In D.C.'s Elite Neighborhoods, Only Nine Refugees Resettled
by: Joe Guzzardi
Published: August 31, 2016
August is American’s big vacation month especially for Capitol Hill workers. With Congress away, lobbyists, lawyers and other elites head for tony beach areas where they can mingle with their peers. President Obama was on Martha’s Vineyard playing golf with NBA superstars even though a growing number in the national media urged Obama to visit flood-ravaged Louisiana. Bad optics, they said, to be on the links when 13 people died and 60,000 homes were damaged or destroyed.
Obama’s stubborn unwillingness to take time away from Martha’s Vineyard until the last minute to visit Louisiana is another example of the growing divide between Washington D.C. elites and everyday Americans. Apparently, thousands of displaced Louisianans weren’t reason enough for the president to interrupt his taxpayer-funded golf game to make a reassuring visit to flood victims.
Indifference to the Louisiana crisis is just the latest illustration of how Obama and his powerful administration disregard Americans’ well-being. Obama’s controversial refugee resettlement program that is on target to bring 10,000 Syrian Muslims to the U.S. before September 30, a 500 percent increase from last year’s 1,600, has been a festering sore for nearly a year.
From the moment Obama announced his upwardly revised Syrian refugee goal, done without congressional approval, many states’ governors and their residents strongly objected. The most recent polling, done by the Chicago Council on Global Affairs, found that 64 percent of likely voters reject Obama’s plan.
Americans want a sober evaluation of the risks inherent in resettling refugees from a nation that has vowed to destroy the U.S. In the last 11 months, 184 cities and towns in 38 states have received Syrians, mostly against their will. Little wonder then that citizens, whose communities have to absorb the refugees, were dismayed when Obama gave temporary protected status – amnesty – to Syrians already living here, including those who overstayed their visas and became illegal aliens.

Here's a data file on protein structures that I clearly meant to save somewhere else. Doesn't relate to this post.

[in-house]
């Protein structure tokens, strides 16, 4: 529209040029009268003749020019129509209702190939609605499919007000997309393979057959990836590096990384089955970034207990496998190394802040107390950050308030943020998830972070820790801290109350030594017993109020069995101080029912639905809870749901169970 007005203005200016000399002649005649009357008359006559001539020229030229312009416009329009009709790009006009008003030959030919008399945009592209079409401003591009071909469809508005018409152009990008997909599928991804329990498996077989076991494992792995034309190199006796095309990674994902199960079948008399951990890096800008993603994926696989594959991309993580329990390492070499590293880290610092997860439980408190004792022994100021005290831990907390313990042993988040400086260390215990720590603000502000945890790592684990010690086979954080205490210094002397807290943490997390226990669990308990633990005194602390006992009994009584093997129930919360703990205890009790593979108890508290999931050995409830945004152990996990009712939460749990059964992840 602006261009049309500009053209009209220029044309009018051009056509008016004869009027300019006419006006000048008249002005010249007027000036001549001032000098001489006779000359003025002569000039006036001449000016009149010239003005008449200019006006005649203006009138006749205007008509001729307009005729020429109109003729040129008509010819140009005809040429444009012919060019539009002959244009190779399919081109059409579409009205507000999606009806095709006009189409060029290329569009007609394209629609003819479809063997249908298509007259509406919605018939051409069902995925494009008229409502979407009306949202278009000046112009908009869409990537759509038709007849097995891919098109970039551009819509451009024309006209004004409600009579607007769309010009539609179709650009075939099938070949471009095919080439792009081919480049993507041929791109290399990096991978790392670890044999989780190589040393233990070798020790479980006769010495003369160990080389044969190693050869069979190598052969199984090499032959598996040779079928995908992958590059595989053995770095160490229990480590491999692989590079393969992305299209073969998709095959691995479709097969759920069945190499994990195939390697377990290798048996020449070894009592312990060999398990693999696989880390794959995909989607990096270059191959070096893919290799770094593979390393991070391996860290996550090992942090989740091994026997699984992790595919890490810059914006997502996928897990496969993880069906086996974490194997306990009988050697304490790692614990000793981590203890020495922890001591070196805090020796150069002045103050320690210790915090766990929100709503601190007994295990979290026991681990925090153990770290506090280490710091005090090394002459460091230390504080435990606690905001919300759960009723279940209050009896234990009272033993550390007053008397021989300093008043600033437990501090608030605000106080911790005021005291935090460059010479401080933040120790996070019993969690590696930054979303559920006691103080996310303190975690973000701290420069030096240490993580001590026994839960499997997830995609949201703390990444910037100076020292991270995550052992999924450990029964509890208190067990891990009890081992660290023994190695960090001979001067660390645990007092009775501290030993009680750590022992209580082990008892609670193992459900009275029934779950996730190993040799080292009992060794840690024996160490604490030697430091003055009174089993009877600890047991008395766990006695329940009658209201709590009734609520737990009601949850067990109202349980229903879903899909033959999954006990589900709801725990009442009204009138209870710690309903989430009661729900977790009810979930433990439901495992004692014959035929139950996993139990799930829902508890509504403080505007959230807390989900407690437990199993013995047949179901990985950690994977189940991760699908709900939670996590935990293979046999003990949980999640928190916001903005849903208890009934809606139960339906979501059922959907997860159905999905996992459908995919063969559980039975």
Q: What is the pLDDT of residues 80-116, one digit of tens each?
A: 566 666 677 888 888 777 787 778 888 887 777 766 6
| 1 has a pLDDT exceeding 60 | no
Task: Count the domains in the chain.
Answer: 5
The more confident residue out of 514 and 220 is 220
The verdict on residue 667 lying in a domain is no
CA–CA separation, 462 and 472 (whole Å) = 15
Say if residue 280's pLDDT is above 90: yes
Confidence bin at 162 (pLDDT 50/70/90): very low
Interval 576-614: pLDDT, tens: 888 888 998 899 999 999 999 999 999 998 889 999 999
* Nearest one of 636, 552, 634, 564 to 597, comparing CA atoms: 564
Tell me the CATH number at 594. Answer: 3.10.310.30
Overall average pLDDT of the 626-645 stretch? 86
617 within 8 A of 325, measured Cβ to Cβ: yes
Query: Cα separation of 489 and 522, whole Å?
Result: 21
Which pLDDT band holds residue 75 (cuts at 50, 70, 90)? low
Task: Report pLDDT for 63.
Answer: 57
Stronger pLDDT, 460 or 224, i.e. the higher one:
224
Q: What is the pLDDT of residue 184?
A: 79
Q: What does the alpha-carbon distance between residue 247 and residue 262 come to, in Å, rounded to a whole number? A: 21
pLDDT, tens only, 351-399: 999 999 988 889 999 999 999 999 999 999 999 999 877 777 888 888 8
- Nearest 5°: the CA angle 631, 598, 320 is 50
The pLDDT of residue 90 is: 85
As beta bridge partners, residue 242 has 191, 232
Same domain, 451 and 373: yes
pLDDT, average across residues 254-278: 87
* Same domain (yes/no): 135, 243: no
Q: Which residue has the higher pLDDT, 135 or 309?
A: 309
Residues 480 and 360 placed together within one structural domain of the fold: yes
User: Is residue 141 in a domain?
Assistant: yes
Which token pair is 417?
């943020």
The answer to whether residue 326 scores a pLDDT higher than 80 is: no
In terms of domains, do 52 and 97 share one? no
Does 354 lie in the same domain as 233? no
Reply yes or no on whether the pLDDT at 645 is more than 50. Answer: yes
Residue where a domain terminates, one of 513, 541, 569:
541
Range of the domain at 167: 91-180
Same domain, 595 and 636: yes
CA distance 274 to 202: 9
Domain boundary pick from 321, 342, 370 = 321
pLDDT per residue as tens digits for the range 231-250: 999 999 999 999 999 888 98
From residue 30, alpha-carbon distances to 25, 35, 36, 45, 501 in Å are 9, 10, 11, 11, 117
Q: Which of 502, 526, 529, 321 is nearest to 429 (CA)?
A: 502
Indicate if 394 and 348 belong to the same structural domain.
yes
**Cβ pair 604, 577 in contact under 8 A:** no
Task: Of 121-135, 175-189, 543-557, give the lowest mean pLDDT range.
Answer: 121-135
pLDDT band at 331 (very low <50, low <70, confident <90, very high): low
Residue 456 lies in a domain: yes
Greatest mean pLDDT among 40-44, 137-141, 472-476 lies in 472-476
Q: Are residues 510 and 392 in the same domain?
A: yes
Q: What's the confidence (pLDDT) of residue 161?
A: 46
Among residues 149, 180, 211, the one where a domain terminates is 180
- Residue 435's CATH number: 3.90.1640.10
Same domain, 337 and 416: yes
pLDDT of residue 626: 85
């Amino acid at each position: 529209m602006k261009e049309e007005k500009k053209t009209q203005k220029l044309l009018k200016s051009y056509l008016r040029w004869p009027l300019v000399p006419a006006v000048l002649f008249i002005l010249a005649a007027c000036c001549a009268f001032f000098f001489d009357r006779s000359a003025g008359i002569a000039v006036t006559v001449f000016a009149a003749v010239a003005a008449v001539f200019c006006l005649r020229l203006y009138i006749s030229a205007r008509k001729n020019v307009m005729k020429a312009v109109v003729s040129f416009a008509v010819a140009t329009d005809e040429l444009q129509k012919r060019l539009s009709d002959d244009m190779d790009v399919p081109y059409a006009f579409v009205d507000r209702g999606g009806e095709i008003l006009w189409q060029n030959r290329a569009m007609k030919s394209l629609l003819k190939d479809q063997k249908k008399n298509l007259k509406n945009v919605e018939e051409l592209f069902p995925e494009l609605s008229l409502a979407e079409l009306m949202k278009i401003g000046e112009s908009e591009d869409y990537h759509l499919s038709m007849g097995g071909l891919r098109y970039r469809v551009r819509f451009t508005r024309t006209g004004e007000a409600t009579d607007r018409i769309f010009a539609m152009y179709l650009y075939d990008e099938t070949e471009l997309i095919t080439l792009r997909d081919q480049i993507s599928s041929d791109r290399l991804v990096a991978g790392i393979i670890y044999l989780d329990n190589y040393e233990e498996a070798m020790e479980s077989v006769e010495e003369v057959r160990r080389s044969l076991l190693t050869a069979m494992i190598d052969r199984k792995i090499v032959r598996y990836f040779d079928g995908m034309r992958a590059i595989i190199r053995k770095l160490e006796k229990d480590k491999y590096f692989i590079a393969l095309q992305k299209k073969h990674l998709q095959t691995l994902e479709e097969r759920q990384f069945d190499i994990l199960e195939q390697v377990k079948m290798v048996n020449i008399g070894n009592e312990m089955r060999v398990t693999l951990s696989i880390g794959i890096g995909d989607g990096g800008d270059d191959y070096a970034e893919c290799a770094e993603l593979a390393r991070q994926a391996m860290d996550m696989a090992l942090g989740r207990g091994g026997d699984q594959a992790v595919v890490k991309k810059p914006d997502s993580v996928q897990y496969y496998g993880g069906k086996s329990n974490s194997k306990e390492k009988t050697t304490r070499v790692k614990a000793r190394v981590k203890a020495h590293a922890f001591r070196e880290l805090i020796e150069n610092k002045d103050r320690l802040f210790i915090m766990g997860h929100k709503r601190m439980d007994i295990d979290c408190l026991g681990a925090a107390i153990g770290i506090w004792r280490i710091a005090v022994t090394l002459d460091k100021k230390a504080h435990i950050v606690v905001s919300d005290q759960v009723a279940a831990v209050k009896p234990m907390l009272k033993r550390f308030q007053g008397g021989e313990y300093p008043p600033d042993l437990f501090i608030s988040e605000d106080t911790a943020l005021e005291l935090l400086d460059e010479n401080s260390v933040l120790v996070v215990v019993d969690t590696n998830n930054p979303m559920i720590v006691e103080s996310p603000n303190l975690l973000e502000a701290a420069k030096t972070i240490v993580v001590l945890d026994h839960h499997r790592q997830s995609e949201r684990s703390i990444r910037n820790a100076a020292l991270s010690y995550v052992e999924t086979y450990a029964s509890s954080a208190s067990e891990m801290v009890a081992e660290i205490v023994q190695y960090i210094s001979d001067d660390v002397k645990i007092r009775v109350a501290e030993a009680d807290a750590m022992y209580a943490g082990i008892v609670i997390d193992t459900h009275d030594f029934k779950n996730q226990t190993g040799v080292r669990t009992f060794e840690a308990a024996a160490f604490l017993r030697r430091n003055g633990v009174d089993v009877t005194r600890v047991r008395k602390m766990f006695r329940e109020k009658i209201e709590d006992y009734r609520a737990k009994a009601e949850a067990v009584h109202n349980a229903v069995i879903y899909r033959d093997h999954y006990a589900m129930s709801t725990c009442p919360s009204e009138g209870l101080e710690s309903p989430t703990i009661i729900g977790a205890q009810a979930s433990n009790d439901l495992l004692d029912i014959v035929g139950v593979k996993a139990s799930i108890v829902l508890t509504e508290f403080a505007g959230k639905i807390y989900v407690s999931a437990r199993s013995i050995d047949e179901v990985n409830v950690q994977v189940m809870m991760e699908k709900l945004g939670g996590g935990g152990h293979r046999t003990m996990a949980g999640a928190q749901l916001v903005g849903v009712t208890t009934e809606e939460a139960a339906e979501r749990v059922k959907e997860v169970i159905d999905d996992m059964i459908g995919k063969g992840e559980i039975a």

More than just Syrians are included in Obama’s grand scheme. According to the State Department, as of August 9, 2016, the administration has admitted 61,232 total refugees this fiscal year, of whom 8,114 are from Syria, 7,322 from Iraq, 7,067 from Somalia, 2,838 from Iran, and 1,924 from Afghanistan, all countries that are enemies of America.
Adding to mainstream America’s frustration with the White House’s refugee policy are the studies which show that a greater number of refugees could be protected if they were placed in neighboring countries. Resettling a refugee from Syria in the U.S. costs 12 times more for a five-year period than caring for that individual near his home country. Many more refugees could be provided for abroad, and at the same time, the American homeland would be more secure. Nevertheless, Obama proceeds, and insists that accepting refugees is “who we are.”
But if mass resettlement represents “who we are,” how can Obama explain that according to government data first reported by Daily Caller reporter Peter Hasson, almost all Virginia’s refugees since October have been placed in towns with low incomes and high poverty rates, far away from Washington D.C.’s well-manicured suburbs. Of 121 refugees, 112 were placed in communities at least 100 miles from the nation’s capital, while suburban Fairfax, Loudoun and Arlington, among the nation’s wealthiest neighborhoods and home to the D.C. elite, have received only nine.
The rich and powerful who embrace more refugee resettlement call themselves compassionate and caring while labeling concerned, skeptical citizens as racist and xenophobic. To look at the refugee distribution in and around D.C., however, the policymakers seem to share the same worries about inviting refugees into their communities as the rest of America.
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